Bank of Canada maintains overnight rate target at 0.5%

By Staff | May 24, 2017 | Last updated on May 24, 2017
2 min read

The Bank of Canada is maintaining its target for the overnight rate at 0.5%. The Bank rate is correspondingly 0.75%, and the deposit rate is 0.25%.

In a release, the Bank says recent economic developments reinforce its view that growth will gradually strengthen and broaden. But, while the U.S. is expected to rebound following weak Q1 growth that was anticipated, Canada will see the opposite in the near term.

Read: Why weak Q1 growth in U.S. shouldn’t be a surprise

For Canada, the Bank expects very strong growth in the first quarter will be followed by some moderation in the second quarter.

The upside is the Canadian economy has nearly finished adjusting to lower oil prices, and recent economic data have been encouraging, including indicators of business investment. On top of that, consumer spending and the housing sector continue to be robust on the back of an improving labour market, across all regions.

Read: CPI at 1.6% for second month amid higher energy prices, lower food costs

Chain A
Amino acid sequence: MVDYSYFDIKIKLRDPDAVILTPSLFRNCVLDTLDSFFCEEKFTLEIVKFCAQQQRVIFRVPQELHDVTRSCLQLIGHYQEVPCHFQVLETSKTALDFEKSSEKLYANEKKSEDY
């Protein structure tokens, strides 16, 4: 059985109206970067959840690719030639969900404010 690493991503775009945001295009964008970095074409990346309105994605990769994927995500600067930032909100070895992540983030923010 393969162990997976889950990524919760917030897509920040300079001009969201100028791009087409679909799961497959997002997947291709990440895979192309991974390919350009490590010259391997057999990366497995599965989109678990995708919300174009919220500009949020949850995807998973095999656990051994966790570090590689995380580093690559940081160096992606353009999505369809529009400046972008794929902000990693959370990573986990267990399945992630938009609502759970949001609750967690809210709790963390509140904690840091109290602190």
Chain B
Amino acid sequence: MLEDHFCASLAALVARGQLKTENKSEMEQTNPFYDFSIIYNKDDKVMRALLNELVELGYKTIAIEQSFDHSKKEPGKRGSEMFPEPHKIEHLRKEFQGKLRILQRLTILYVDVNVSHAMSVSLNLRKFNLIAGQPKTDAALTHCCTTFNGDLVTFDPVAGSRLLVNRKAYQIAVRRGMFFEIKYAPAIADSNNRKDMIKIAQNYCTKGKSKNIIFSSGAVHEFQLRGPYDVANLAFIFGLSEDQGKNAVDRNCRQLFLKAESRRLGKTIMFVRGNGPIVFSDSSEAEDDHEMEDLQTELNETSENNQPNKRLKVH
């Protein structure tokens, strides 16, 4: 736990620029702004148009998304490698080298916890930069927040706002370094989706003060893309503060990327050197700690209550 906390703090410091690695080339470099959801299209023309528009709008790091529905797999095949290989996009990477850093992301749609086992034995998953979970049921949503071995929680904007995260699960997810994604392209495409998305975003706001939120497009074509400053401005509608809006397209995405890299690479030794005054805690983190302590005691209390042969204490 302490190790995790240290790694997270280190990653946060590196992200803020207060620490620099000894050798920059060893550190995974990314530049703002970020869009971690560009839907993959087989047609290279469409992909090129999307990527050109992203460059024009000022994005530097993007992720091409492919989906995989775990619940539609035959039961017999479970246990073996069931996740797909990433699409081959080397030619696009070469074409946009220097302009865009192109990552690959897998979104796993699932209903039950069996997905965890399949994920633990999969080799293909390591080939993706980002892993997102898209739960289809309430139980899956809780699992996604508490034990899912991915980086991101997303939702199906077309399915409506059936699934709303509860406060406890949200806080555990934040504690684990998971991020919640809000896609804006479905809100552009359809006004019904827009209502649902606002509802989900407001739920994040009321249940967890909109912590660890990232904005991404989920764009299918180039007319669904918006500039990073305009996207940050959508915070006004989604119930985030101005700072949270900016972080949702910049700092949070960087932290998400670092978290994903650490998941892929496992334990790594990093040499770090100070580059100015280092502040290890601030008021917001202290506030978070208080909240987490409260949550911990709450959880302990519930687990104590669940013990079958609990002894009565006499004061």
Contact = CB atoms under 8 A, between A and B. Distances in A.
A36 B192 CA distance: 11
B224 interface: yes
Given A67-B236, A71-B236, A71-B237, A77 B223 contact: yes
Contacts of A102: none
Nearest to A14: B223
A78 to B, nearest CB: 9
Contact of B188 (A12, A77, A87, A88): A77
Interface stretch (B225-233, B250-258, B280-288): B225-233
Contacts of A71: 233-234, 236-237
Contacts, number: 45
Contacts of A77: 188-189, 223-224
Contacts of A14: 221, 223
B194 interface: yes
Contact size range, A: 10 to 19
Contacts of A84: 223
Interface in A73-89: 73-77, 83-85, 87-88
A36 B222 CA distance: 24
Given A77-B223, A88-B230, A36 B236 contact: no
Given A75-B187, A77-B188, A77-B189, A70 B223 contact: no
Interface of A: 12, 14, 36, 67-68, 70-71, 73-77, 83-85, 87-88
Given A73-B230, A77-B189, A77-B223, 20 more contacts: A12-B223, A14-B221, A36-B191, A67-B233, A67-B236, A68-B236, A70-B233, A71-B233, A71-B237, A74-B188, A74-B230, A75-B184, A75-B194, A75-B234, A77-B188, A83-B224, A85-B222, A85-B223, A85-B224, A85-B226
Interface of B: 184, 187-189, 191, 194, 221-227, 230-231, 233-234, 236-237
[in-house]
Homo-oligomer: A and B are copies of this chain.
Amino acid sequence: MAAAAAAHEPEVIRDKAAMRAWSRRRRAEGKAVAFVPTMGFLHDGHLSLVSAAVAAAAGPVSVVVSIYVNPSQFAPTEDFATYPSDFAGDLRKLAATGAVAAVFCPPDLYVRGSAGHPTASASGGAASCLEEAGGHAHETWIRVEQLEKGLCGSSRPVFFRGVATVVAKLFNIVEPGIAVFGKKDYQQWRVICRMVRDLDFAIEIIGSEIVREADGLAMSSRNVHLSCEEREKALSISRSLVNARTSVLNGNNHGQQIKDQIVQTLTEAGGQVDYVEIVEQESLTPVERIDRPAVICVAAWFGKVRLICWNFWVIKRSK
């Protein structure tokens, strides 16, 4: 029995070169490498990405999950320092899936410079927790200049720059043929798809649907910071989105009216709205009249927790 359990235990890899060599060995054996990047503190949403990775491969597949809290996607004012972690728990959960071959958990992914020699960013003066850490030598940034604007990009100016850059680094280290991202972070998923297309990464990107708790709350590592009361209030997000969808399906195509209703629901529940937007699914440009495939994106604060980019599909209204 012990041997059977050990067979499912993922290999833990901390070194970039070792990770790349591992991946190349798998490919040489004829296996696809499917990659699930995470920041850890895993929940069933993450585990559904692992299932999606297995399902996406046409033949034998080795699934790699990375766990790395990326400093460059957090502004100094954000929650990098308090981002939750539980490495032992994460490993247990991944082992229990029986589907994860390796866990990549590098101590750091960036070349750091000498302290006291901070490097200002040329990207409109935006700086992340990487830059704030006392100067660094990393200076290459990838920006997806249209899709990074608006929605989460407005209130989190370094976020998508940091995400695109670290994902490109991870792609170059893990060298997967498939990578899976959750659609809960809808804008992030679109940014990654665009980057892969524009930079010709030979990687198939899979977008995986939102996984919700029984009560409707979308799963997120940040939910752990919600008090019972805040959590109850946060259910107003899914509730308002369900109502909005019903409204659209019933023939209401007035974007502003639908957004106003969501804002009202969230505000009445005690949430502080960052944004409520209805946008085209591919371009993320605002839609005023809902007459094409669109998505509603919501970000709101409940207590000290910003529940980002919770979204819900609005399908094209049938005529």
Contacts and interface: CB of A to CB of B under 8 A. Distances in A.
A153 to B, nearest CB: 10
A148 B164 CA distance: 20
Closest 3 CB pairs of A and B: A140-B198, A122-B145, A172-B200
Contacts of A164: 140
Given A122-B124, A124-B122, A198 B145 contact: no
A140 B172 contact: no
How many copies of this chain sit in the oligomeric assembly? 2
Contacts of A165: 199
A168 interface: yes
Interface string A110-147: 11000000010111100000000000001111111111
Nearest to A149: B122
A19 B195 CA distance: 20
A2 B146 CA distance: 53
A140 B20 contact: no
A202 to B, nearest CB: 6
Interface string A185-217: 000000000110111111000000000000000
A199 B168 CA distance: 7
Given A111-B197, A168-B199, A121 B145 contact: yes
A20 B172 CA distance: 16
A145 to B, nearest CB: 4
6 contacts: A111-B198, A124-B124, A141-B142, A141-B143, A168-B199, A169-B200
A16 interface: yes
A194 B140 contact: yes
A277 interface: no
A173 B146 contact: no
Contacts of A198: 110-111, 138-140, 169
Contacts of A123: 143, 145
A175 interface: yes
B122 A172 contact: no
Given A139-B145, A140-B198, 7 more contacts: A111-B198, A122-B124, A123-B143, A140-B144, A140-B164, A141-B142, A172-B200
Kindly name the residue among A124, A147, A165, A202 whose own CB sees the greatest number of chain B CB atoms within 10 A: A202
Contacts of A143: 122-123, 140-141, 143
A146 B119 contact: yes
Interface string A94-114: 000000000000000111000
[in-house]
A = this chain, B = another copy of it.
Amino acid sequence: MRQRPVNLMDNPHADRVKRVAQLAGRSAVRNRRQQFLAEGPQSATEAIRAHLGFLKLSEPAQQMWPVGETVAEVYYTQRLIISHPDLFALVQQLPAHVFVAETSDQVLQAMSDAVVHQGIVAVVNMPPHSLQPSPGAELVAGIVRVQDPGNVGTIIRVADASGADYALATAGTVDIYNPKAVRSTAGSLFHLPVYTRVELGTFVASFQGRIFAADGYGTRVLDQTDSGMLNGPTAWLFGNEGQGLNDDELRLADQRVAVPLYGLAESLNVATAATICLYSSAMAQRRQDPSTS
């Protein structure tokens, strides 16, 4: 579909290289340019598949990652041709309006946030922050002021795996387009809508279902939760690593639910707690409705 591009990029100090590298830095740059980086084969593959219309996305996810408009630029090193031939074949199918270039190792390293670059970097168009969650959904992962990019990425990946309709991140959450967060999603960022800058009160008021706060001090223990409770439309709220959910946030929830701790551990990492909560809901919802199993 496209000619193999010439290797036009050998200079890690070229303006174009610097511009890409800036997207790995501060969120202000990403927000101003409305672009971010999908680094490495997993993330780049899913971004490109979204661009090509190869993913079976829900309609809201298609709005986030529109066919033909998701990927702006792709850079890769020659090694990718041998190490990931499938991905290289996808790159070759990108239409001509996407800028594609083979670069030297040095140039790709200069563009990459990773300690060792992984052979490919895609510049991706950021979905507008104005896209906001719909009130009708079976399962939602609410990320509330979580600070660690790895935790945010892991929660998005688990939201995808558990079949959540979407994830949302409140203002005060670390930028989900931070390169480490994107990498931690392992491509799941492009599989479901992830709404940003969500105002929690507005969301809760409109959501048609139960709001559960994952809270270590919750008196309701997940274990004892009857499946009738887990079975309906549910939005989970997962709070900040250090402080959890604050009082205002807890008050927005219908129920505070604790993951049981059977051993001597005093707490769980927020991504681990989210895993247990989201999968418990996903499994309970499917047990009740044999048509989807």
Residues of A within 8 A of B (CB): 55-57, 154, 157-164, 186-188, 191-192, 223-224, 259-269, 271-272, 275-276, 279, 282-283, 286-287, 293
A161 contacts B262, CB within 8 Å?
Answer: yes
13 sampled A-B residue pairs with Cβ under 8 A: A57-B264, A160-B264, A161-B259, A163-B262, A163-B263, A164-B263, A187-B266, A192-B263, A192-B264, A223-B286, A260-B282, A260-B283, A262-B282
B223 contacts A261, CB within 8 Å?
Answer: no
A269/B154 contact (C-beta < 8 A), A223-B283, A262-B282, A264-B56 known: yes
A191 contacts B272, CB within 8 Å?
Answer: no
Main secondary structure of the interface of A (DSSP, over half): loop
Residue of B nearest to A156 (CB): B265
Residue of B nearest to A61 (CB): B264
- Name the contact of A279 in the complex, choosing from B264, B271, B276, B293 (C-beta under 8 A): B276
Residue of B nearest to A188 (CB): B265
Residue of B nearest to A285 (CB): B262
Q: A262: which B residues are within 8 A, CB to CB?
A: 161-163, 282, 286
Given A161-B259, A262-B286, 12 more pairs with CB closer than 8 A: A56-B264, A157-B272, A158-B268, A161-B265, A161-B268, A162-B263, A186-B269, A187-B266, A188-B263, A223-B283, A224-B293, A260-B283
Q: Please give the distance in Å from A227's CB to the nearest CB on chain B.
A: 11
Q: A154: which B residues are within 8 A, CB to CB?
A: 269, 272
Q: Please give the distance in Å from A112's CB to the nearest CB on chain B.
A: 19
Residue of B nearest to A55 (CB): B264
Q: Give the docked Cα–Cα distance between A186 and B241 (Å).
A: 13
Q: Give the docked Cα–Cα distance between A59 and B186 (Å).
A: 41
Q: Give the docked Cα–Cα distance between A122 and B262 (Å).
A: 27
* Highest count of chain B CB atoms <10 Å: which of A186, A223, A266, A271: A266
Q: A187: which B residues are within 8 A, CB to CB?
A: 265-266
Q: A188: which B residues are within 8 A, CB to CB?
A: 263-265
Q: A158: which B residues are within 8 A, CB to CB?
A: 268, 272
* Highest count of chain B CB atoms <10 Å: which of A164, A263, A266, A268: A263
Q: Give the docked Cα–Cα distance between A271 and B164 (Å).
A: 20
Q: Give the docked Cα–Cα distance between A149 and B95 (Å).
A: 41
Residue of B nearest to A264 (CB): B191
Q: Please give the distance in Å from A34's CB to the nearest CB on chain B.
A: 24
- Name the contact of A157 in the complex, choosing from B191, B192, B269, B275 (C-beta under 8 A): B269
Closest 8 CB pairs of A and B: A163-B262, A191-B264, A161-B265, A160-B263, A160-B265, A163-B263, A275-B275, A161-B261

The downside, says the Bank, is the domestic housing market has yet to cool, despite measures that have contributed to more sustainable debt profiles. Plus, export growth remains subdued; this was anticipated in the April MPR, in the face of ongoing competitiveness challenges.

Read: Canadian economy takes unfair hit from global perceptions

Inflation is broadly in line with the projections in the April monetary policy report (MPR). While food prices continue to decline–mainly because of intense retail competition, pushing inflation temporarily lower–the Bank’s three measures of core inflation remain below 2%, and wage growth is still subdued, consistent with ongoing excess capacity in the economy.

In an industry note, Avery Shenfeld, managing director at CIBC Capital Markets, says the Bank’s announcement offers nothing surprising for markets. “Look for the first hikes to come in early 2018, a delay designed to keep the [loonie] in check,” he says. Shenfeld adds the risk of doing this is “the central bank can’t always choose how we get back to full employment, and with growth looking to easily top 4% in the first quarter, the market is understating the path for Canadian rates over the next few years.” staff


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